In addition to performing a pullover movement after each set of squats, Grimek would often stretch on a chinning bar with his arms held straight and overhead. He referred to this movement as "a great chest stretcher." While hanging from the bar, the best bodybuilder in the world would inhale rhythmically and force as much air into his lungs as he possibly could.
From time to time, Grimek also utilized overhead presses to encourage stretching of his rib box. Grimek explained that moving the arms overhead stimulate the serratus magnus muscles, the muscles which lie on each side of the ribs. These muscles help to raise and spread the ribs when brought into play, thus permitting a fuller stretch and deeper breathing.
For expanding the rib box, the New Jersey native emphasized that heavy weights should not be used. In Grimek's own words,
"I found that those who failed to achieve success [with his chest expansion program] didn't follow the program as originally outlined, but employed much heavier weights and cut down drastically on the repetitions, which provided the clue to their failure. In this case it was important, yes, very essential that the number of repetitions involved should cause them to gasp for air when finished, not merely breathing slightly heavier than normal. Once this was done, using twenty or more repetitions for the first set, with progressively less reps and increased weight with each succeeding set, the results were amazing."
For achieving maximum enlargement of the chest, John Grimek recommended the following chest-expansion program be followed for several weeks at a time. He did not mention a training frequency, but one could expect excellent results by performing his program two to three times a week.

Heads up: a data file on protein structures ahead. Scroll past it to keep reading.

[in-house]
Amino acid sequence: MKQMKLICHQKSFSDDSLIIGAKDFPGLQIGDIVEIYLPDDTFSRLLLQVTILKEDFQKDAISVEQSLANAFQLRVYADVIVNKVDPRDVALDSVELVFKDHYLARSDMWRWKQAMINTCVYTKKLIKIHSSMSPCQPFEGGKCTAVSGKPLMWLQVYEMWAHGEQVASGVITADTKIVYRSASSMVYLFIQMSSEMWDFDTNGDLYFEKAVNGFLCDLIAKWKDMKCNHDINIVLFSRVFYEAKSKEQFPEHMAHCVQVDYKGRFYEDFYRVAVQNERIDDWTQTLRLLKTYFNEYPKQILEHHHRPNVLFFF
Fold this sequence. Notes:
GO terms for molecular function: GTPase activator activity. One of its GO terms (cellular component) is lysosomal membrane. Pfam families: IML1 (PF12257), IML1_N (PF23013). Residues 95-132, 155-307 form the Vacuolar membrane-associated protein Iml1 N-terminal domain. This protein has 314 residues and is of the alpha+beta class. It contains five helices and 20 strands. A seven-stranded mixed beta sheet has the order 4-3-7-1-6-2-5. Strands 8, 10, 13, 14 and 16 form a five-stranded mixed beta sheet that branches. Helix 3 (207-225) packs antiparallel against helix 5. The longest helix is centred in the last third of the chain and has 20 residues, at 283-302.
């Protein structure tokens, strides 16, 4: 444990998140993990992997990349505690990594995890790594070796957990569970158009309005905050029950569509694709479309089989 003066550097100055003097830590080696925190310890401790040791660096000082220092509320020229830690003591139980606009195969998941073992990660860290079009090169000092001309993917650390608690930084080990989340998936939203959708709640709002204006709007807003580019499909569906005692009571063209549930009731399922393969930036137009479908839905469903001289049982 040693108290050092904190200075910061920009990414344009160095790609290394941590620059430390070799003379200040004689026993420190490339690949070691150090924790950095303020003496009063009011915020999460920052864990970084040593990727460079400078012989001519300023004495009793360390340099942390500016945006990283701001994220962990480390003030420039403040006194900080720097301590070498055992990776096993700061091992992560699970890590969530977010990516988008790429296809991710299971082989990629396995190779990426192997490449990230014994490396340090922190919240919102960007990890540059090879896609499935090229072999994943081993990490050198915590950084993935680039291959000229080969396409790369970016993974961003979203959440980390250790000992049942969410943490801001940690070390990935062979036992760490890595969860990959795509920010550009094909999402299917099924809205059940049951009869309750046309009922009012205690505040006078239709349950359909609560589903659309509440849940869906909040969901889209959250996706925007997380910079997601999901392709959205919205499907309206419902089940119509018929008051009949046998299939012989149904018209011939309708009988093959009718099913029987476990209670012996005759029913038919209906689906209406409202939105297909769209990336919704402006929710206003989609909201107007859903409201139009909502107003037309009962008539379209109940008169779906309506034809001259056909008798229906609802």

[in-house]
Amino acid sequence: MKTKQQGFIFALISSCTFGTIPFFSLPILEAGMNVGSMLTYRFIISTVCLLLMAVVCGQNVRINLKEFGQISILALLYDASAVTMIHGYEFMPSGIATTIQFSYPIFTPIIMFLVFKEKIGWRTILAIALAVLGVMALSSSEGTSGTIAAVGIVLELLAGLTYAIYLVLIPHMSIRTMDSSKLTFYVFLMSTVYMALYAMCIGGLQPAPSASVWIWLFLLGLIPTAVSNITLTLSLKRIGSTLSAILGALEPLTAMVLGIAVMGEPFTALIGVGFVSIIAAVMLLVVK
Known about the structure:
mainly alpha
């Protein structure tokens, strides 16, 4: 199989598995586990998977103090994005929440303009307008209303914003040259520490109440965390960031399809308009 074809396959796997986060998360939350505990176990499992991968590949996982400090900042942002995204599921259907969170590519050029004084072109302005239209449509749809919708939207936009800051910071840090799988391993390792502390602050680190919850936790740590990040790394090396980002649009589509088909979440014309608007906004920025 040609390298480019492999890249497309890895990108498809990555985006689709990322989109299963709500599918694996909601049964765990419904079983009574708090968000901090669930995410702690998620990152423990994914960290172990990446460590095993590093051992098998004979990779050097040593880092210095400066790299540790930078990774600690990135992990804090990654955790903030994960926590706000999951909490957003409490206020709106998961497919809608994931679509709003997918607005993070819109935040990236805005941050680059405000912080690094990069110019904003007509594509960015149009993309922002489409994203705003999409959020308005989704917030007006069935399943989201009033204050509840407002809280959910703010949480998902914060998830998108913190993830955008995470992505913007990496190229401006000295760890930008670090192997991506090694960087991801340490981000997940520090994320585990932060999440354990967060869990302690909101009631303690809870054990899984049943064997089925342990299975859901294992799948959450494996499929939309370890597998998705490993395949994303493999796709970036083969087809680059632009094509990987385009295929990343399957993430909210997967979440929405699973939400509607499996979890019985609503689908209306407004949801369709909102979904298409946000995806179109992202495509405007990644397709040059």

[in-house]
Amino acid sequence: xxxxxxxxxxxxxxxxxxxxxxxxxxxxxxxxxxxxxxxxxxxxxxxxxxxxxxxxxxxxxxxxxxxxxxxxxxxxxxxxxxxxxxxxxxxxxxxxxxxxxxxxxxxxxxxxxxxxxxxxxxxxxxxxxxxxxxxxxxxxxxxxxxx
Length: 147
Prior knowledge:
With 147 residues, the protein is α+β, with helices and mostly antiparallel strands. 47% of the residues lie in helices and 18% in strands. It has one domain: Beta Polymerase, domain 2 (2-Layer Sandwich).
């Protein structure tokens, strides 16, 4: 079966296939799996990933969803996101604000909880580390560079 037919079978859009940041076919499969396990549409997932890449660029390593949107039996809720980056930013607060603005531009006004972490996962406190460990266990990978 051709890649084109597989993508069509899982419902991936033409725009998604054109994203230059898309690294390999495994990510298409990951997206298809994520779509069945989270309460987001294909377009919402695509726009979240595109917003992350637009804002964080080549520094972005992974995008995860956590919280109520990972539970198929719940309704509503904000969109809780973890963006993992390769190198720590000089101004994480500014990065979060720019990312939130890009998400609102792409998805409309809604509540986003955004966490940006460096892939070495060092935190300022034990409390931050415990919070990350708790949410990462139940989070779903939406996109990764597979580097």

squat: 1 set 18 to 20 reps minimum; follow with a chest expansion exercise (pullover, bent-arm pullover, etc.)
squat: 1 set 12 to 15 reps; follow with a chest expansion exercise
squat: 1 set 8 to 10 reps; follow with a chest expansion exercise
squat: 1 set 5 to 8 reps
squat: 1 set 3 to 5 reps
With each succeeding set of squats, the weight should be increased, but not to the point where proper breathing or exercise form is sacrificed. The first three sets of squats are performed to build endurance and to stimulate rib-box expansion. The final two sets of squats are done with a heavier weight and a lower number of repetitions to pack the legs with strength and muscle.
During the 1940s and 1950s, many strategies were developed by bodybuilders across the world with the hope of making the breathing squat even more effective. One such strategy involved inhaling for a specific number of repetitions between each repetition. Although this strategy was practiced and recommended by a number of strength authorities during the Golden Age of Bodybuilding, Grimek did not believe this method of training was necessary to enlarge the rib box.
Regarding this style of squatting, Grimek said,
"It's doubtful if special attention given to breathing will bring any better results for those who practice this style than those who breathe as the occasion demands. I have never observed any special breathing details, but breathed as nature dictated under the circumstances."
In conclusion, the secret for building a great chest is to first build a large and deep rib box, and then fully build the surrounding muscles. Building from the INSIDE OUT will give your chest depth and an appearance which otherwise could never be achieved by training the external muscles alone. Rib-box expansion training will also pack your body with health, endurance, and a sense of well being. Take it from John Grimek, do not make the mistake trying to build a massive chest by solely training the external muscles of the chest. Not only will you rob yourself of health benefits, you will likely never develop your body to its full potential.